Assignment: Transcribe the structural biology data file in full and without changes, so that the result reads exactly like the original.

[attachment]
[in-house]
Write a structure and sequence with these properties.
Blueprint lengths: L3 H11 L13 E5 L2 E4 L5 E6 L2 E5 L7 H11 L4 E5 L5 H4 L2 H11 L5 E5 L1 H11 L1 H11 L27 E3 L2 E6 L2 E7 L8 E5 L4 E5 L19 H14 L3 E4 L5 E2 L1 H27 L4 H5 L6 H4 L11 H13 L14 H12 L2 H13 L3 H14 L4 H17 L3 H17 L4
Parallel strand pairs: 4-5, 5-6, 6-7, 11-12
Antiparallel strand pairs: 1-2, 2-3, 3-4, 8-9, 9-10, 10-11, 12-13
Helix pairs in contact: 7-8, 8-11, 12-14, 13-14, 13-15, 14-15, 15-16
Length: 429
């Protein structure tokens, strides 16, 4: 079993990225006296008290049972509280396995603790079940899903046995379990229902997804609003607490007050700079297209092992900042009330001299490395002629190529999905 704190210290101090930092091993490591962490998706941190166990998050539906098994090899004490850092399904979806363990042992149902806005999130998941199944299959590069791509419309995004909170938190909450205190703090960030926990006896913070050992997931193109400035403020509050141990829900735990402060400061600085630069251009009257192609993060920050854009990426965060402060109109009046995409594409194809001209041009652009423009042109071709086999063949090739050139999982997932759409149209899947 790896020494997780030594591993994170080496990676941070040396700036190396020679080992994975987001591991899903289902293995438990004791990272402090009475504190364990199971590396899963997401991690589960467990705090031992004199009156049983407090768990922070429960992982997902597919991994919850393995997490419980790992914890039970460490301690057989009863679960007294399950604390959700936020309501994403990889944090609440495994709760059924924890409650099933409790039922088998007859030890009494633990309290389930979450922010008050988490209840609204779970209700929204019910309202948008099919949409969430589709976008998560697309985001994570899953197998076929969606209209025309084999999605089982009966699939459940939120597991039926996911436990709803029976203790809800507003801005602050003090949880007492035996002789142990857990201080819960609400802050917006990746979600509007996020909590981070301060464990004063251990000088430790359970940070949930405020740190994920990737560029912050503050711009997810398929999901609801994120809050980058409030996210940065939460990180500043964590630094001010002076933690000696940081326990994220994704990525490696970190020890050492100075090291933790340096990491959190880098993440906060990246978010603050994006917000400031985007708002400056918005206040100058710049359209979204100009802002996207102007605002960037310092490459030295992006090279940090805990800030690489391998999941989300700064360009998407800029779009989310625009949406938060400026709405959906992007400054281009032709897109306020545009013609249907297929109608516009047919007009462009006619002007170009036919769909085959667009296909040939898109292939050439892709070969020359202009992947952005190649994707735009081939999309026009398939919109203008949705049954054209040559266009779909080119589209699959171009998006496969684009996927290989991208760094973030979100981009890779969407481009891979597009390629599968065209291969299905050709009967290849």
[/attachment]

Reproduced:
[in-house]
Write a structure and sequence with these properties.
Blueprint lengths: L3 H11 L13 E5 L2 E4 L5 E6 L2 E5 L7 H11 L4 E5 L5 H4 L2 H11 L5 E5 L1 H11 L1 H11 L27 E3 L2 E6 L2 E7 L8 E5 L4 E5 L19 H14 L3 E4 L5 E2 L1 H27 L4 H5 L6 H4 L11 H13 L14 H12 L2 H13 L3 H14 L4 H17 L3 H17 L4
Parallel strand pairs: 4-5, 5-6, 6-7, 11-12
Antiparallel strand pairs: 1-2, 2-3, 3-4, 8-9, 9-10, 10-11, 12-13
Helix pairs in contact: 7-8, 8-11, 12-14, 13-14, 13-15, 14-15, 15-16
Length: 429
């Protein structure tokens, strides 16, 4: 079993990225006296008290049972509280396995603790079940899903046995379990229902997804609003607490007050700079297209092992900042009330001299490395002629190529999905 704190210290101090930092091993490591962490998706941190166990998050539906098994090899004490850092399904979806363990042992149902806005999130998941199944299959590069791509419309995004909170938190909450205190703090960030926990006896913070050992997931193109400035403020509050141990829900735990402060400061600085630069251009009257192609993060920050854009990426965060402060109109009046995409594409194809001209041009652009423009042109071709086999063949090739050139999982997932759409149209899947 790896020494997780030594591993994170080496990676941070040396700036190396020679080992994975987001591991899903289902293995438990004791990272402090009475504190364990199971590396899963997401991690589960467990705090031992004199009156049983407090768990922070429960992982997902597919991994919850393995997490419980790992914890039970460490301690057989009863679960007294399950604390959700936020309501994403990889944090609440495994709760059924924890409650099933409790039922088998007859030890009494633990309290389930979450922010008050988490209840609204779970209700929204019910309202948008099919949409969430589709976008998560697309985001994570899953197998076929969606209209025309084999999605089982009966699939459940939120597991039926996911436990709803029976203790809800507003801005602050003090949880007492035996002789142990857990201080819960609400802050917006990746979600509007996020909590981070301060464990004063251990000088430790359970940070949930405020740190994920990737560029912050503050711009997810398929999901609801994120809050980058409030996210940065939460990180500043964590630094001010002076933690000696940081326990994220994704990525490696970190020890050492100075090291933790340096990491959190880098993440906060990246978010603050994006917000400031985007708002400056918005206040100058710049359209979204100009802002996207102007605002960037310092490459030295992006090279940090805990800030690489391998999941989300700064360009998407800029779009989310625009949406938060400026709405959906992007400054281009032709897109306020545009013609249907297929109608516009047919007009462009006619002007170009036919769909085959667009296909040939898109292939050439892709070969020359202009992947952005190649994707735009081939999309026009398939919109203008949705049954054209040559266009779909080119589209699959171009998006496969684009996927290989991208760094973030979100981009890779969407481009891979597009390629599968065209291969299905050709009967290849």